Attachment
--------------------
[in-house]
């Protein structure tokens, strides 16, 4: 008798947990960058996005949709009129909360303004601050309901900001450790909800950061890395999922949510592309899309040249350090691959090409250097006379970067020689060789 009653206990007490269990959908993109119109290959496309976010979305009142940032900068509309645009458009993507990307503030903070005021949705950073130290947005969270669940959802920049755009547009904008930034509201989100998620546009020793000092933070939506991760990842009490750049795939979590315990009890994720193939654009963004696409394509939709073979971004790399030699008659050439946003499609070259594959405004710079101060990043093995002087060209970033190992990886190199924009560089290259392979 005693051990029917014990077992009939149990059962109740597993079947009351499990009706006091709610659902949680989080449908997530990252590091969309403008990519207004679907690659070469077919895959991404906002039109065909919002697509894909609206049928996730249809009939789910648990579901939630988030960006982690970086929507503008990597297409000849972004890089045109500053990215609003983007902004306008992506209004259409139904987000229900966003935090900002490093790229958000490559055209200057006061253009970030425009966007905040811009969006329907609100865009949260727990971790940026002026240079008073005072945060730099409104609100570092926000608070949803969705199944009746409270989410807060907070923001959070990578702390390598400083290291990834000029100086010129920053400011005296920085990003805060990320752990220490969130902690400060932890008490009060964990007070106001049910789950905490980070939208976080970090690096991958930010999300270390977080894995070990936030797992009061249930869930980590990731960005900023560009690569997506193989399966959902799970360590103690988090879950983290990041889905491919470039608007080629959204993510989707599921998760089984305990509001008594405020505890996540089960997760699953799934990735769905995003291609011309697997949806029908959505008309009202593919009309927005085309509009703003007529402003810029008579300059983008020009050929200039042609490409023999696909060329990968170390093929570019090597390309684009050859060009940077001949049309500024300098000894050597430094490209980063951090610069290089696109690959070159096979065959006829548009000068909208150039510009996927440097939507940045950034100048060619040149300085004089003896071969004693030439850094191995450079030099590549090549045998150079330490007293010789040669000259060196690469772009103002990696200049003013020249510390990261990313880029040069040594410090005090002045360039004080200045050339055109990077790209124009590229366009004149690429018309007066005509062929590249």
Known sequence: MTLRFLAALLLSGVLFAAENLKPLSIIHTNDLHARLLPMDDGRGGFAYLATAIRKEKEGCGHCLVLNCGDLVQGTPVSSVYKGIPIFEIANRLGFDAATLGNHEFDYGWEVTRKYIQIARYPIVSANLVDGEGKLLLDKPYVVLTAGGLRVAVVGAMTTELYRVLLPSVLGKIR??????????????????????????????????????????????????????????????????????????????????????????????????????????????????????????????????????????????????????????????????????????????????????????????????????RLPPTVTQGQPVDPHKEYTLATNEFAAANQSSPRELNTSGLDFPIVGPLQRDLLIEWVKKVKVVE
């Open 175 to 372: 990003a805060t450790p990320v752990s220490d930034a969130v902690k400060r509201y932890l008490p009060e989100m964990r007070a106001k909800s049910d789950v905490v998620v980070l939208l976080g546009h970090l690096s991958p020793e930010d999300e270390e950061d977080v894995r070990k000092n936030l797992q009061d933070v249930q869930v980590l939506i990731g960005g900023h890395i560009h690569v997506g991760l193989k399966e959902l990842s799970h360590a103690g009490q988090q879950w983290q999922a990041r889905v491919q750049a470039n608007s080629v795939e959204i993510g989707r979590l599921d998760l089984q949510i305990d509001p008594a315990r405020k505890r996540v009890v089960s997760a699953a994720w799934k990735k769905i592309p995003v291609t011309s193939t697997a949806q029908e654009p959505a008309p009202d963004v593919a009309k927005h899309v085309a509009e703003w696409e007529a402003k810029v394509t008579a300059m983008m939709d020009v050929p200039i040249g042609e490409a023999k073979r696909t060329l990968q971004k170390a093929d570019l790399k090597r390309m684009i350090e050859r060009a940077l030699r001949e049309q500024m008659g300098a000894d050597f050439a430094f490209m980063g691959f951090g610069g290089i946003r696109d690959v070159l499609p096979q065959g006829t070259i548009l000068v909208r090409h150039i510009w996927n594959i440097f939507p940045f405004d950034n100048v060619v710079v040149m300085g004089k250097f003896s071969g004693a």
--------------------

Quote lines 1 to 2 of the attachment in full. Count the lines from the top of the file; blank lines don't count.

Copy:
[in-house]
């Protein structure tokens, strides 16, 4: 008798947990960058996005949709009129909360303004601050309901900001450790909800950061890395999922949510592309899309040249350090691959090409250097006379970067020689060789 009653206990007490269990959908993109119109290959496309976010979305009142940032900068509309645009458009993507990307503030903070005021949705950073130290947005969270669940959802920049755009547009904008930034509201989100998620546009020793000092933070939506991760990842009490750049795939979590315990009890994720193939654009963004696409394509939709073979971004790399030699008659050439946003499609070259594959405004710079101060990043093995002087060209970033190992990886190199924009560089290259392979 005693051990029917014990077992009939149990059962109740597993079947009351499990009706006091709610659902949680989080449908997530990252590091969309403008990519207004679907690659070469077919895959991404906002039109065909919002697509894909609206049928996730249809009939789910648990579901939630988030960006982690970086929507503008990597297409000849972004890089045109500053990215609003983007902004306008992506209004259409139904987000229900966003935090900002490093790229958000490559055209200057006061253009970030425009966007905040811009969006329907609100865009949260727990971790940026002026240079008073005072945060730099409104609100570092926000608070949803969705199944009746409270989410807060907070923001959070990578702390390598400083290291990834000029100086010129920053400011005296920085990003805060990320752990220490969130902690400060932890008490009060964990007070106001049910789950905490980070939208976080970090690096991958930010999300270390977080894995070990936030797992009061249930869930980590990731960005900023560009690569997506193989399966959902799970360590103690988090879950983290990041889905491919470039608007080629959204993510989707599921998760089984305990509001008594405020505890996540089960997760699953799934990735769905995003291609011309697997949806029908959505008309009202593919009309927005085309509009703003007529402003810029008579300059983008020009050929200039042609490409023999696909060329990968170390093929570019090597390309684009050859060009940077001949049309500024300098000894050597430094490209980063951090610069290089696109690959070159096979065959006829548009000068909208150039510009996927440097939507940045950034100048060619040149300085004089003896071969004693030439850094191995450079030099590549090549045998150079330490007293010789040669000259060196690469772009103002990696200049003013020249510390990261990313880029040069040594410090005090002045360039004080200045050339055109990077790209124009590229366009004149690429018309007066005509062929590249």